John “Liver Eating” Johnson – Mountain Man and Lawman

 

John "Liver-Eating" Johnson

John “Liver-Eating” Johnson

John “Liver-Eating” Johnson is known in history as a sailor, mountain man, Indian fighter, and lawman who earned the moniker of “Liver-Eating” because he allegedly killed a number of Crow Indians and ate their livers.

His real name was John Garrison Johnston and he was born in Little York, New Jersey in July of 1824 to Isaac and Eliza Garrison.

He joined the Navy during the Mexican-American War, but after striking an officer, he deserted and changed his name to John Johnston. He then traveled to Montana where he worked as a trapper, miner, wagon master, scout, tour guide, whiskey peddler, and supplier of cordwood to passing steamboats. He also served with the Union during the Civil War.

Johnston is purported to have married a Flathead woman named the Swan, who was said to have been killed by the Crow. He then supposedly waged a personal war against the Crow, killing any Crow warrior he saw. Neither of these legends actually occurred because Johnston’s military records tell us he was a sailor, onboard ship, during the Mexican American War. Similarly, Johnston never did eat anyone’s liver. One day during a Sioux battle, he jokingly told his companions he ate a piece of liver. Hence, his nickname, “Liver-Eating” Johnson,” was earned through a macabre joke.

Johnston became the constable of Coulson/Billings, Montana in the early 1880s. He also served as a town marshal in Red Lodge, Montana in the 1890s. In December 1899, he was admitted to a veteran’s hospital in Los Angeles, California where he died the next month on January 21, 1900, of peritonitis. He was buried in nearby Sawtelle National Cemetery.

However, in the early 1970s, his body was moved to Cody, Wyoming, where it now rests at Old Trail Town with several other local old west characters. A number of legends surround Johnston, some of which are the basis for the movie Jeremiah Johnson.

By Kathy Weiser-Alexander, updated December 2020.

Also See:

Trading Posts of the Mountain Men

The Great Fur Trade Companies

Trappers, Traders & Pathfinders

 

4 thoughts on “John “Liver Eating” Johnson – Mountain Man and Lawman”

  1. Sorry for my english (in Belgium, french is my native langage).
    Recently I have bought the book “Crow Killer”(by W. Thorp & R. Bunker). What a mistake!!!
    This book is a compilation of testimony from moutains men Johnston friend’s (who aren’t not present at the material time).
    For me it’s pure legends and collection of impossible facts .
    The book is only a suite of bloody anecdotes absolutly not interresting or exciting…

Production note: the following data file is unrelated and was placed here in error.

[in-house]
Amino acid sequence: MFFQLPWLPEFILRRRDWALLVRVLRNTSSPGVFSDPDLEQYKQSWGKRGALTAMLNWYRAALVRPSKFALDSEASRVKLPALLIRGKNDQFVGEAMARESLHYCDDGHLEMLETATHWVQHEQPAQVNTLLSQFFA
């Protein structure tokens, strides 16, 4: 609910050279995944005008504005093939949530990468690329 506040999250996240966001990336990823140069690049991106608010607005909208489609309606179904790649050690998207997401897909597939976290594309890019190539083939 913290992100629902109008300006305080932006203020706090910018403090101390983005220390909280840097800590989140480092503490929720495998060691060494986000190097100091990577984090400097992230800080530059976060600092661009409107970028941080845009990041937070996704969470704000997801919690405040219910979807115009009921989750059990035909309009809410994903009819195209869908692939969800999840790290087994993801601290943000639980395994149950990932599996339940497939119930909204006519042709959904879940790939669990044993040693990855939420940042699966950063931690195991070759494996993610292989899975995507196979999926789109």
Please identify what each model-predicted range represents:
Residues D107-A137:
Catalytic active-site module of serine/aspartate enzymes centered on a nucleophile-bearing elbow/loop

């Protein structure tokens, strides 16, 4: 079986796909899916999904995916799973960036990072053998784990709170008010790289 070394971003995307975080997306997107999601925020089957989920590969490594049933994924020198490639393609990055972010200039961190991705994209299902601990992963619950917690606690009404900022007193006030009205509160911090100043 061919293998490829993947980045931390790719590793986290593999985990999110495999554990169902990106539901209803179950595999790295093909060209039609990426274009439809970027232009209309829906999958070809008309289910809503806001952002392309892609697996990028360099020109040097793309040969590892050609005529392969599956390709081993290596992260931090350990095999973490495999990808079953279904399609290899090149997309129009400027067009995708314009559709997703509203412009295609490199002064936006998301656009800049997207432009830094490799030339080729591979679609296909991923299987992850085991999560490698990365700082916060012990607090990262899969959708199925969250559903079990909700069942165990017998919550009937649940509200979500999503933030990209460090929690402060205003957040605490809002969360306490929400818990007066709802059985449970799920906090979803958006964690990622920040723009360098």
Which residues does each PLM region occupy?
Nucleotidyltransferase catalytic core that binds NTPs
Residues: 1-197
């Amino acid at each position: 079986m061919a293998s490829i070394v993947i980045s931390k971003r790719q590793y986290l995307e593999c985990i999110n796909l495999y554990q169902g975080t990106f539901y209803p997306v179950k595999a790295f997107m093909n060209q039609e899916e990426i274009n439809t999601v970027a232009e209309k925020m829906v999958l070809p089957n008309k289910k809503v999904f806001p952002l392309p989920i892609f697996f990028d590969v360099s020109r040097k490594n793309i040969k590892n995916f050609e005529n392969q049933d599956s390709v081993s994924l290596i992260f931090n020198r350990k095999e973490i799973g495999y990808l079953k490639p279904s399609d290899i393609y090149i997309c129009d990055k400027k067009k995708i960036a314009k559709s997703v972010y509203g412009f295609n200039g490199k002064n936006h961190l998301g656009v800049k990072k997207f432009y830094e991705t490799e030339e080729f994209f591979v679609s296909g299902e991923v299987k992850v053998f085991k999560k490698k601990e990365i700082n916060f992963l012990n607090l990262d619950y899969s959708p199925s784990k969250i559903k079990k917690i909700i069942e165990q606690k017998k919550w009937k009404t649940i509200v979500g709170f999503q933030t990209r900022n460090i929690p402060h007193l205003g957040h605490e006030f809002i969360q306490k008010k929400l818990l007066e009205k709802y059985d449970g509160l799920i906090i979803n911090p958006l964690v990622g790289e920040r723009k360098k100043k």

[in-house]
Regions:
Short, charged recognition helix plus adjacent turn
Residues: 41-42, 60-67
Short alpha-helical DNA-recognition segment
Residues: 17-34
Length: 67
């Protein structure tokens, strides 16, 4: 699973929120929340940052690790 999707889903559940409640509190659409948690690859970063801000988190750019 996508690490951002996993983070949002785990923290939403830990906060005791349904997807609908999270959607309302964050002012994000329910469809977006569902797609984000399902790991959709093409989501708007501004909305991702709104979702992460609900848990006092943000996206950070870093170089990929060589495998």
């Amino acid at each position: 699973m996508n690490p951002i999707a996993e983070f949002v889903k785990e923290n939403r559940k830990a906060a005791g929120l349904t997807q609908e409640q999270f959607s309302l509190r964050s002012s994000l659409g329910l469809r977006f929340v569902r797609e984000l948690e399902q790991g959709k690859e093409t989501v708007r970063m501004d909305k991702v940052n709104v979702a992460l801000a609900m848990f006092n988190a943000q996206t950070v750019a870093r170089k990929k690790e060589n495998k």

Why? Because Johnston is able to kill 300 crows (?) (who have make the count?) and survive in any situation (against Blackfeet, crow, Nez Percés, Sioux, or grizzly).

    Furthermore, for me, the book is very imprecise with the historical contexte. The authors use names of reals tribes but only in order to create violent irrelative anecdotes between thoses tribes.

    for example:
    – Never I hear that 60 “nez Percés” have been killed by mountain men, crows ans Shoshones (neither 1870).
    – Historical context during the sioux campaign 1877 is imprecis.
    – Young Johnston, who just arrived on Frontier, kill and scalp Indians right from the start. Just like that, just like that one moutain men firing on Indians every day and night.
    – Johnston will be abble to kill 5 sioux only with his hands during one fight during a “Rendez-vous”.
    When we read that, never can we imagine that indians warriors (Crow, Blackfeet, Sioux, Cheyenne,…Apache, Commanche) learn to fight since the age of 12.

    – And many other exageration (the killing of the grizzly)

    So I was disapointed by an uninteresting story (who killing 10 “Injuns” every day is normal) and the fact that this “literary genre” discredited real history approch of the west and create only a folklore of history builded with legend and exageration. In the case, one legend of violence, a cock-and-bull story.

    One of the most well know mountain men, Jedediah Smith have participated only in few fight against Indians (between 1823 and 1831)… And when he was killed, I was… alone.
    I mean, when one man fight alone against several warriors, the result is the dead for the man. With lucky, He can survive once … not ten times.

    So my point of view.

      1. “This is the West, sir. When the legend becomes fact, print the legend.” (The man who shoot L. Valance. 😉

        However, a good story don’t need 250 killed because nobody believe it…
        20 years ago, I saw one volume of the traveler’s tale of the Lewis and Clark expedition… very more exciting story than Johnston affabulation. And without really battle (only one fight against Blackfoot and… 2 Indians deads).
        If you read “the crow killer”, you can not understand how it’s possible to realise one so long expedition during 3 years through many differents tribes… without real problem.

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